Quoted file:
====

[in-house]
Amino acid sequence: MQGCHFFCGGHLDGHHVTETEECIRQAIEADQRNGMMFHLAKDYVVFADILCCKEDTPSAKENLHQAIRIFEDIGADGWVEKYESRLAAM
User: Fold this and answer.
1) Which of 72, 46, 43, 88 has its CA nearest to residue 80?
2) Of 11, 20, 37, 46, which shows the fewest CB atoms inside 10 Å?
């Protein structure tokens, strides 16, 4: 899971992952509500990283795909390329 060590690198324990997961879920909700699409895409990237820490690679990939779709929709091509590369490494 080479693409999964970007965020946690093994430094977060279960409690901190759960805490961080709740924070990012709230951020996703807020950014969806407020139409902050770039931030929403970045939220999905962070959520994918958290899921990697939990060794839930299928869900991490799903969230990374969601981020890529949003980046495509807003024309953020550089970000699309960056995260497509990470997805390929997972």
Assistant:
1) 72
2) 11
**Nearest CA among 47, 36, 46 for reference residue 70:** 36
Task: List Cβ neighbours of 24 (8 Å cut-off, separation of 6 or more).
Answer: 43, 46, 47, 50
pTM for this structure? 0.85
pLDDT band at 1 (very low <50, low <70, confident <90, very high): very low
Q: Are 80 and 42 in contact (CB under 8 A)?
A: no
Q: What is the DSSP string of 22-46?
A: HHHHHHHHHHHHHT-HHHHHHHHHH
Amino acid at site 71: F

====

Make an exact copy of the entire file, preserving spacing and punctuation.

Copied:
[in-house]
Amino acid sequence: MQGCHFFCGGHLDGHHVTETEECIRQAIEADQRNGMMFHLAKDYVVFADILCCKEDTPSAKENLHQAIRIFEDIGADGWVEKYESRLAAM
User: Fold this and answer.
1) Which of 72, 46, 43, 88 has its CA nearest to residue 80?
2) Of 11, 20, 37, 46, which shows the fewest CB atoms inside 10 Å?
């Protein structure tokens, strides 16, 4: 899971992952509500990283795909390329 060590690198324990997961879920909700699409895409990237820490690679990939779709929709091509590369490494 080479693409999964970007965020946690093994430094977060279960409690901190759960805490961080709740924070990012709230951020996703807020950014969806407020139409902050770039931030929403970045939220999905962070959520994918958290899921990697939990060794839930299928869900991490799903969230990374969601981020890529949003980046495509807003024309953020550089970000699309960056995260497509990470997805390929997972």
Assistant:
1) 72
2) 11
**Nearest CA among 47, 36, 46 for reference residue 70:** 36
Task: List Cβ neighbours of 24 (8 Å cut-off, separation of 6 or more).
Answer: 43, 46, 47, 50
pTM for this structure? 0.85
pLDDT band at 1 (very low <50, low <70, confident <90, very high): very low
Q: Are 80 and 42 in contact (CB under 8 A)?
A: no
Q: What is the DSSP string of 22-46?
A: HHHHHHHHHHHHHT-HHHHHHHHHH
Amino acid at site 71: F